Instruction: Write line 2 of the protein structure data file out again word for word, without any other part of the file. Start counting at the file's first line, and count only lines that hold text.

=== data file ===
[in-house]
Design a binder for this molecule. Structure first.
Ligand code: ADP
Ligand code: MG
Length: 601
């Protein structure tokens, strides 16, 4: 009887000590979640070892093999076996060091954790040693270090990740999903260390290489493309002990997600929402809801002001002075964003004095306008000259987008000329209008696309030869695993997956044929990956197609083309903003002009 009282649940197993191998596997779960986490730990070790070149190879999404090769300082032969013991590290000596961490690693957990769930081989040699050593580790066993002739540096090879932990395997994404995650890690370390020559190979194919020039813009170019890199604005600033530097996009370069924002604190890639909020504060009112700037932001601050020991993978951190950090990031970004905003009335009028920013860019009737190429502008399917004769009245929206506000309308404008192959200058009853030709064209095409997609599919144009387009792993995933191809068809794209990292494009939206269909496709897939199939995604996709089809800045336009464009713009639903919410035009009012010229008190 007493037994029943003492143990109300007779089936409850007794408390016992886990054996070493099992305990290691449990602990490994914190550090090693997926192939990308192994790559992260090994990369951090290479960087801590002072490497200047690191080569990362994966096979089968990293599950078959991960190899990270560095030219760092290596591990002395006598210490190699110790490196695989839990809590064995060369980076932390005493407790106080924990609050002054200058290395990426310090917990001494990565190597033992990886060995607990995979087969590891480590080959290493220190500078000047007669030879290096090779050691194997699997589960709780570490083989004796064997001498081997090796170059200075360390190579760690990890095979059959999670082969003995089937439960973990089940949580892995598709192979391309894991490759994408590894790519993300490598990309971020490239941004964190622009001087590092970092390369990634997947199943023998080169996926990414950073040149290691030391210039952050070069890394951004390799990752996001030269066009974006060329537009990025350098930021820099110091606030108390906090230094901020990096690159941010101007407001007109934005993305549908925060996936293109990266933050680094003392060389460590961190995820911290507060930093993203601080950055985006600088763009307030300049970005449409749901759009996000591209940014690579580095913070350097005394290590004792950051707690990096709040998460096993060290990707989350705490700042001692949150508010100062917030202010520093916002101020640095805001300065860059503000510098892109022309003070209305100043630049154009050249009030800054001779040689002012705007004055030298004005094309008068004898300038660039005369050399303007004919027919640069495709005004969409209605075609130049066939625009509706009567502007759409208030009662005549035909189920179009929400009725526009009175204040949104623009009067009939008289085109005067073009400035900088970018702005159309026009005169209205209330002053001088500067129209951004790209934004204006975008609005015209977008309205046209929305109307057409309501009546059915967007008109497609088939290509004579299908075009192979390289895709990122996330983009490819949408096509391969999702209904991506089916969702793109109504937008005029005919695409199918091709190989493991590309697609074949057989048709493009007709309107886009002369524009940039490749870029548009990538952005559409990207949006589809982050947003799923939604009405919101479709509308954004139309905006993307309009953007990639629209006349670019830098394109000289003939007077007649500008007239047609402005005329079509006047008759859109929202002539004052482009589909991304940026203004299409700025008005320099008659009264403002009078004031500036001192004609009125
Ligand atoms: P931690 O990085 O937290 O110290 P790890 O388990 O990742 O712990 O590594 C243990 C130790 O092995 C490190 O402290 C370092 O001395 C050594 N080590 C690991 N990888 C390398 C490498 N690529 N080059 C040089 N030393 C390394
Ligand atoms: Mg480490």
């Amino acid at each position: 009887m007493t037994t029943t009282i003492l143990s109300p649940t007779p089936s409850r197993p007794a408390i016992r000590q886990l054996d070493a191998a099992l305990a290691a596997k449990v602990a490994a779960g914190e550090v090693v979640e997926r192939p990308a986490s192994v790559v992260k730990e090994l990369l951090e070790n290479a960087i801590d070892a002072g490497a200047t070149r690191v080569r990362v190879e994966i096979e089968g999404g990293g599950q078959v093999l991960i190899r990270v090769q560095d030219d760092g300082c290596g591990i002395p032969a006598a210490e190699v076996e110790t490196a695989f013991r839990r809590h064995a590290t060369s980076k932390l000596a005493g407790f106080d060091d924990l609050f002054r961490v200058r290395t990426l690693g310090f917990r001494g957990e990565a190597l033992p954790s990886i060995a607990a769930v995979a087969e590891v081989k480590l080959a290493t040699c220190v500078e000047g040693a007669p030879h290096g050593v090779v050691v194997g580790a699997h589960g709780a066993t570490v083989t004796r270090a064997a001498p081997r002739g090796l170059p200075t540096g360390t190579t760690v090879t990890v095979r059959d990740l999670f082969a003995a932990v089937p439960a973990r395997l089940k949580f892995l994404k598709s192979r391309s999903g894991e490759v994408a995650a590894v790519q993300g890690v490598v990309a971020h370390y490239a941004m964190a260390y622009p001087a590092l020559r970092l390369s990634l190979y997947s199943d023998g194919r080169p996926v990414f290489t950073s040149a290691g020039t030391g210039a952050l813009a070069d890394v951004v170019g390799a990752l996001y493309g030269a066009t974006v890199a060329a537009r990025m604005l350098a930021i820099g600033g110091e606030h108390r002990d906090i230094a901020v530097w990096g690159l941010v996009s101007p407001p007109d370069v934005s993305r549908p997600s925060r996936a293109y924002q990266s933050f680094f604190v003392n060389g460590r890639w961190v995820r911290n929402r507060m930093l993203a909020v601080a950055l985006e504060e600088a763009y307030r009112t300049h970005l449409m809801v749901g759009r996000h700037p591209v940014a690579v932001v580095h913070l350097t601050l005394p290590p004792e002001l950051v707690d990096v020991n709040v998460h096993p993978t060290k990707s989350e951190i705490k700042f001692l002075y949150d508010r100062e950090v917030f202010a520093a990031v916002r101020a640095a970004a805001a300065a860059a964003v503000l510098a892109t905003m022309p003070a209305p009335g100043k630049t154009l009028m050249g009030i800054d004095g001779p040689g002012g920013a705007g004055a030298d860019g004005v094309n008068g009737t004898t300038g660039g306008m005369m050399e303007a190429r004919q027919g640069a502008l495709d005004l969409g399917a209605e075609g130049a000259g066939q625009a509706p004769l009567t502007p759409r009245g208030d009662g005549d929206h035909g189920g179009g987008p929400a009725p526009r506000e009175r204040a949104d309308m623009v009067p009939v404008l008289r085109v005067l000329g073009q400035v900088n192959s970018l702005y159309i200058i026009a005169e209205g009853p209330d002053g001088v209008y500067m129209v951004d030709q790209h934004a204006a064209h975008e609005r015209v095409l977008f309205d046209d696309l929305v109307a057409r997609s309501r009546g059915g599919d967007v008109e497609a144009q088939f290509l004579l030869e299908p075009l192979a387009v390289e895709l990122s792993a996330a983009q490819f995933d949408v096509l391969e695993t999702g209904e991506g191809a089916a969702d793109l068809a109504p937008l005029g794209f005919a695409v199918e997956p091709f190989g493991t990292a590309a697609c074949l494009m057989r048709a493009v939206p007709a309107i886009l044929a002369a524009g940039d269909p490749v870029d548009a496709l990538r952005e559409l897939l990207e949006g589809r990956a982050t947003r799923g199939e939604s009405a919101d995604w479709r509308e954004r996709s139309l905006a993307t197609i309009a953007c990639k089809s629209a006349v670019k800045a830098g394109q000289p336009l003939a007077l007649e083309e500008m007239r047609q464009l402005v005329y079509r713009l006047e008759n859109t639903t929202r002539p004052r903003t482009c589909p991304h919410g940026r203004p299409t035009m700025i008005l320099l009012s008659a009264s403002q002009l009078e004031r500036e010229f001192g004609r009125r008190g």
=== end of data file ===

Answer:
Design a binder for this molecule. Structure first.